Years of protests have forced Indian officials to finally close a Coca-Cola bottling factory in the northern province of Uttar Pradesh for extracting groundwater above legal limits and polluting the environment with toxic effluents.
Coca-Cola’s Mehdiganj plant in Varanasi used to pump too much fresh water from the underground water table, a practice that has led to groundwater levels in the area dropping to critical levels. This infuriated local residents mostly employed in agriculture, who are suffering from scarce water resources.
The plant has also been accused of discharging effluents, containing excessive levels of pollutants, thus damaging the environment.
The battle to close the factory has been marked with a number of dramatic protests staged by local farmers. One protest, in 2006, lasted for over three months and culminated with a hunger strike among the local population and activists demanding the plant cease operation.
Finally, the bottling plant has been ordered to stop operation.
“The plant is closed following our orders,” Uttar Pradesh Pollution Control Board member secretary J.S. Yadav told AFP, specifying that Coca-Cola was ordered to replenish twice as much groundwater as it extracted and provide a permit from a government agency that regulates groundwater use, Yadav said.
Local campaigner Nandlal Master told the India Resource Center: “This is a great victory and a welcome confirmation that local communities can successfully take on big, powerful business.”
The world's largest soft drinks maker appealed the closure order to India's environment court, the National Green Tribunal, the Pollution Control Board said.
Last year, Atlanta-based Coca-Cola announced that the 15-year-old Varanasi bottling facility had been expanded and could produce 600 polyethylene terephthalate (PET) bottles of soft drinks per minute. With an estimated 26,500 kiloliters of beverage production per year, this used to be one of the smallest Coca-Cola factories in India.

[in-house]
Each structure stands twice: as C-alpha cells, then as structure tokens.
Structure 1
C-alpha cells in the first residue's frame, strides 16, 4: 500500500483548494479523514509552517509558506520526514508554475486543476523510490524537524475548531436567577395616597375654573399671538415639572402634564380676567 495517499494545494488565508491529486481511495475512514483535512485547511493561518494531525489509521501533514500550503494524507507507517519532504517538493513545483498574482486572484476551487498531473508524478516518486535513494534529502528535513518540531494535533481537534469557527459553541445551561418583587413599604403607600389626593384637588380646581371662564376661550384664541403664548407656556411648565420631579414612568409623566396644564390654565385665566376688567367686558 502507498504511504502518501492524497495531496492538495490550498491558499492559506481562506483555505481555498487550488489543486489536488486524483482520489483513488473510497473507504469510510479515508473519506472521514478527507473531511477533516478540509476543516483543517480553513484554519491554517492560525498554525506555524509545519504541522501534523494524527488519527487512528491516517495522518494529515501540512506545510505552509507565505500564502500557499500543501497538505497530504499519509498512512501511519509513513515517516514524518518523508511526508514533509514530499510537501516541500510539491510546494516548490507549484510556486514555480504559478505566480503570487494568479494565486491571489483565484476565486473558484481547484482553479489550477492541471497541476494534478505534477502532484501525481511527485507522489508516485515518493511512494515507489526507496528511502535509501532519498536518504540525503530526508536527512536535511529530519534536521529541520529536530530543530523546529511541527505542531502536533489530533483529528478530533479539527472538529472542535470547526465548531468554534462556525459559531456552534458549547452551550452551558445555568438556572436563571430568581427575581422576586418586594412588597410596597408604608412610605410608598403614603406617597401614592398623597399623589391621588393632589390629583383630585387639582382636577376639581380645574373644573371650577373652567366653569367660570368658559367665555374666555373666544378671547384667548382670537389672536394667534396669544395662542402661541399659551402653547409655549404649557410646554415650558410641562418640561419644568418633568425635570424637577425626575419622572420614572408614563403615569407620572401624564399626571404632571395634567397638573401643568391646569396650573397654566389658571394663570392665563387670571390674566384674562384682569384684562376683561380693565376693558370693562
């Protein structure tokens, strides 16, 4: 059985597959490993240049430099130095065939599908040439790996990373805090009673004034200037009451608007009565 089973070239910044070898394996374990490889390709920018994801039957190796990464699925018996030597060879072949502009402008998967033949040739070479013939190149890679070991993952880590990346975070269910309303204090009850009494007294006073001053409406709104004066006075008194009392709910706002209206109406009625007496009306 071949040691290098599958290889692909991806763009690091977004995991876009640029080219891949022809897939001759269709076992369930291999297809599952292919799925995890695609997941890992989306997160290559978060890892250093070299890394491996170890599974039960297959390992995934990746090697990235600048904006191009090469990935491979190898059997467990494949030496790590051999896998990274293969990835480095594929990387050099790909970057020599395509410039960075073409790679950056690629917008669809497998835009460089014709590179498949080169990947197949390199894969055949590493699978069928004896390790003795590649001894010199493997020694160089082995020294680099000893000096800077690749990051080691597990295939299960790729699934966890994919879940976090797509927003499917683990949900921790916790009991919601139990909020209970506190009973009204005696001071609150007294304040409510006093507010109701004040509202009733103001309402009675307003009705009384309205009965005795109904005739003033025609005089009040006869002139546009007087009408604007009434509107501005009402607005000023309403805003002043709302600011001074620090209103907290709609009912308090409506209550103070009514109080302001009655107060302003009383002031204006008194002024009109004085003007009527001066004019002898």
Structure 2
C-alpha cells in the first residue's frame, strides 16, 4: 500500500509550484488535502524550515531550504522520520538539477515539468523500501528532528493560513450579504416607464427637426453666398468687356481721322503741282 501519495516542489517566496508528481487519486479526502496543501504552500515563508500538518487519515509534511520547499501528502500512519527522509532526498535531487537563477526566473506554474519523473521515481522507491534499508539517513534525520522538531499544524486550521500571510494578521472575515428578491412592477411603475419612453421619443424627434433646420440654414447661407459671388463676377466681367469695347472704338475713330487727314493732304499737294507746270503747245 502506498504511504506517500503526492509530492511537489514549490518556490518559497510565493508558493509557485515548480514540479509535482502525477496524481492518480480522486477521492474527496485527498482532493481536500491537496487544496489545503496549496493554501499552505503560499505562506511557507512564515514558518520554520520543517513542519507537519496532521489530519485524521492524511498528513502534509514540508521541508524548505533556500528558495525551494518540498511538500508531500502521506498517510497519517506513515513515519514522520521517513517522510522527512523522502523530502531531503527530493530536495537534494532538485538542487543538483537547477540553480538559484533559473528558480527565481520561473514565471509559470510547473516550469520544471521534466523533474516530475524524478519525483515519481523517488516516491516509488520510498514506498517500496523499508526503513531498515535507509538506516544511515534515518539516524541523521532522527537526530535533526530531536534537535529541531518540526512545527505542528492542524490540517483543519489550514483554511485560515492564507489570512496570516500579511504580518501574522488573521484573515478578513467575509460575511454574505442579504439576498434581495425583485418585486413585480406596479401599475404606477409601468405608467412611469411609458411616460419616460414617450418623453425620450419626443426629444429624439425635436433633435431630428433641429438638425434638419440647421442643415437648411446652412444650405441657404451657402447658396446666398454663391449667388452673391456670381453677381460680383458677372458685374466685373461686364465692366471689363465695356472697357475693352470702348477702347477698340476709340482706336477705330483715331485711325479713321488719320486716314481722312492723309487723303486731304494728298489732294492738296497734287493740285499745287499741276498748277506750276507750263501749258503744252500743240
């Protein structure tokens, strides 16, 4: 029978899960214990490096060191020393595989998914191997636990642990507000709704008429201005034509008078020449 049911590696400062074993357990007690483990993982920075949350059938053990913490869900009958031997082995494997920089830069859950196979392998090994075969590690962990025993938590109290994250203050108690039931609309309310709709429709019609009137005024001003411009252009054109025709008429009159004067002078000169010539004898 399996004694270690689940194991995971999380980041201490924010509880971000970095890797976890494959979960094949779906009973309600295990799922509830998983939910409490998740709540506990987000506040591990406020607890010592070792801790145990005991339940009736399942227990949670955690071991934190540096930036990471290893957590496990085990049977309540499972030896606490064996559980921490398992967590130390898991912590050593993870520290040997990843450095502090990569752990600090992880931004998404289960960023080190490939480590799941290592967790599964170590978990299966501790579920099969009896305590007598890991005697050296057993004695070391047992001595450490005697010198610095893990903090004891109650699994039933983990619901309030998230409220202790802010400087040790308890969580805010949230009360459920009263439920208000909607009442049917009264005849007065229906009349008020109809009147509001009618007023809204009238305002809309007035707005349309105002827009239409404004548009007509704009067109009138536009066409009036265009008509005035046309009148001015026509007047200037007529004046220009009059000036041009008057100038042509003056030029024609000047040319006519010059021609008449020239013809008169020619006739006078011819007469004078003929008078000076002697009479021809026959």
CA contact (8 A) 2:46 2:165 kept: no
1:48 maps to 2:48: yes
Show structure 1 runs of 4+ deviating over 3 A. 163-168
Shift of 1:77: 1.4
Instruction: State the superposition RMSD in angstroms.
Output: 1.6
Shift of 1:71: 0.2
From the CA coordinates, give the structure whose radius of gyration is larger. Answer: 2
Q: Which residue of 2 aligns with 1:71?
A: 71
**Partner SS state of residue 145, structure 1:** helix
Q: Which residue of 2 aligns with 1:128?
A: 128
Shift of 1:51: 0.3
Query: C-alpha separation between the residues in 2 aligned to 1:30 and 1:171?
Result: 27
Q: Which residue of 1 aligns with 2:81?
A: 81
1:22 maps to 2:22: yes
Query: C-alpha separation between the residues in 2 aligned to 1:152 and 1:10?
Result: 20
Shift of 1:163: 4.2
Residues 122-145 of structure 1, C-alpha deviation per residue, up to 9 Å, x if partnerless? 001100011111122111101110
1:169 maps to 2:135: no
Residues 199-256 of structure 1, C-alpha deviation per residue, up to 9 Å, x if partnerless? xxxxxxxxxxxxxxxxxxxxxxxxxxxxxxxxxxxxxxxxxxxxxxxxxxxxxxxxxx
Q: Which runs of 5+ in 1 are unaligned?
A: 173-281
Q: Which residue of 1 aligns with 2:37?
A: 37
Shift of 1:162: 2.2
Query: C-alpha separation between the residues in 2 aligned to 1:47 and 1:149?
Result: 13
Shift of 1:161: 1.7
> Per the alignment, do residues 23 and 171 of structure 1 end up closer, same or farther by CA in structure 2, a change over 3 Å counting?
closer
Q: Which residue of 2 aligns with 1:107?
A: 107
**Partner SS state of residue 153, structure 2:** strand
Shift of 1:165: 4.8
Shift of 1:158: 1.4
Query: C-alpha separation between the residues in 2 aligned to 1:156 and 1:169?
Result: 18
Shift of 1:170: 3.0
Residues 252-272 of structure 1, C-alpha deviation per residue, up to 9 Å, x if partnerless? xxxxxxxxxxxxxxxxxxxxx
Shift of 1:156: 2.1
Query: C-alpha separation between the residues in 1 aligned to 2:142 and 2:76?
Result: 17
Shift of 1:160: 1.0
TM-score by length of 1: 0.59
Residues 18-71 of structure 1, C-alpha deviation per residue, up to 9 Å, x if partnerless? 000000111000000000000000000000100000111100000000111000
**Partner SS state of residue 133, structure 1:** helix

Coca-Cola has 58 bottling factories in India, where consumption of soft drinks is swiftly growing with the expansion of the middle class. Many factories have been targeted by protests for the same reason: an excessive use of local water resources.
In early 2014, the authorities of the Uttar Pradesh province promised to demolish the Coca-Cola factory, claiming that the plant had been built on the land belonging to the local village council and therefore the construction was “illegal.”
Indian authorities have also imposed a nominal 126,000 rupee ($2,000) fine on the soft drink company over the land issue.
India’s Hindustan Coca-Cola Company Private Limited, which plans to invest $5 billion in India over the period 2012-20, has called the ruling “unprecedented” and denied allegations of destructive water usage as “misleading and false.”
“As part of the withdrawal of consent, we were not allowed or even asked to present any facts or explain our position,” the company said in a statement. “We recognize that water is critical to our business as integral to community needs and therefore we have a shared interest in the sustainability of water resources.”
Coca-Cola has encountered a similar problem in India before, at another bottling plant in Kerala, which was closed for a decade over the same accusation of depleting the local water table and dumping toxic effluent.
Though in the end a local court did rule in favor of the company, the facility has never been reopened.